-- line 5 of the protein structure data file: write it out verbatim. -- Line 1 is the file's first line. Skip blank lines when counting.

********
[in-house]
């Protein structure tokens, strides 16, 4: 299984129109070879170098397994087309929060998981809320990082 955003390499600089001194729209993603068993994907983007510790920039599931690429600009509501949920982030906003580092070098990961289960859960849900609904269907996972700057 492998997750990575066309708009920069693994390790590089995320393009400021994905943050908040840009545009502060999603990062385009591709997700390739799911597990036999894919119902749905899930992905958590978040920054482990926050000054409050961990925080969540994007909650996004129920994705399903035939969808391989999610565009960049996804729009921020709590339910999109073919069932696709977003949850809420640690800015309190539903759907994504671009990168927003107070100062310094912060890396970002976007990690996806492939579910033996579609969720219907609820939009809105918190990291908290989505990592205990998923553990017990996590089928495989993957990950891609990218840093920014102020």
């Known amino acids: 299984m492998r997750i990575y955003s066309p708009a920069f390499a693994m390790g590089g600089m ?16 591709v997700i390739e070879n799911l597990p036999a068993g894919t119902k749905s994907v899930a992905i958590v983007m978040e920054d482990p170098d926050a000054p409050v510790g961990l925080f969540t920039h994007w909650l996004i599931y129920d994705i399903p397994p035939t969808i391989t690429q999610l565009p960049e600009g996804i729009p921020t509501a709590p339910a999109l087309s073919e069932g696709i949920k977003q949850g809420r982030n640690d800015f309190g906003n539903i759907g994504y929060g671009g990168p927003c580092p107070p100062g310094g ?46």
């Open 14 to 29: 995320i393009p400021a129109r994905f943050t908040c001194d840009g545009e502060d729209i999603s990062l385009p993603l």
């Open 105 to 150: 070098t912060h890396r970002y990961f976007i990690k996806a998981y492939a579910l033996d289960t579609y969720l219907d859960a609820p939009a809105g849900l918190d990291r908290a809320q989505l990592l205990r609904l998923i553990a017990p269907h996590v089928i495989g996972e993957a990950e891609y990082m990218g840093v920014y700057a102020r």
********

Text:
């Open 105 to 150: 070098t912060h890396r970002y990961f976007i990690k996806a998981y492939a579910l033996d289960t579609y969720l219907d859960a609820p939009a809105g849900l918190d990291r908290a809320q989505l990592l205990r609904l998923i553990a017990p269907h996590v089928i495989g996972e993957a990950e891609y990082m990218g840093v920014y700057a102020r």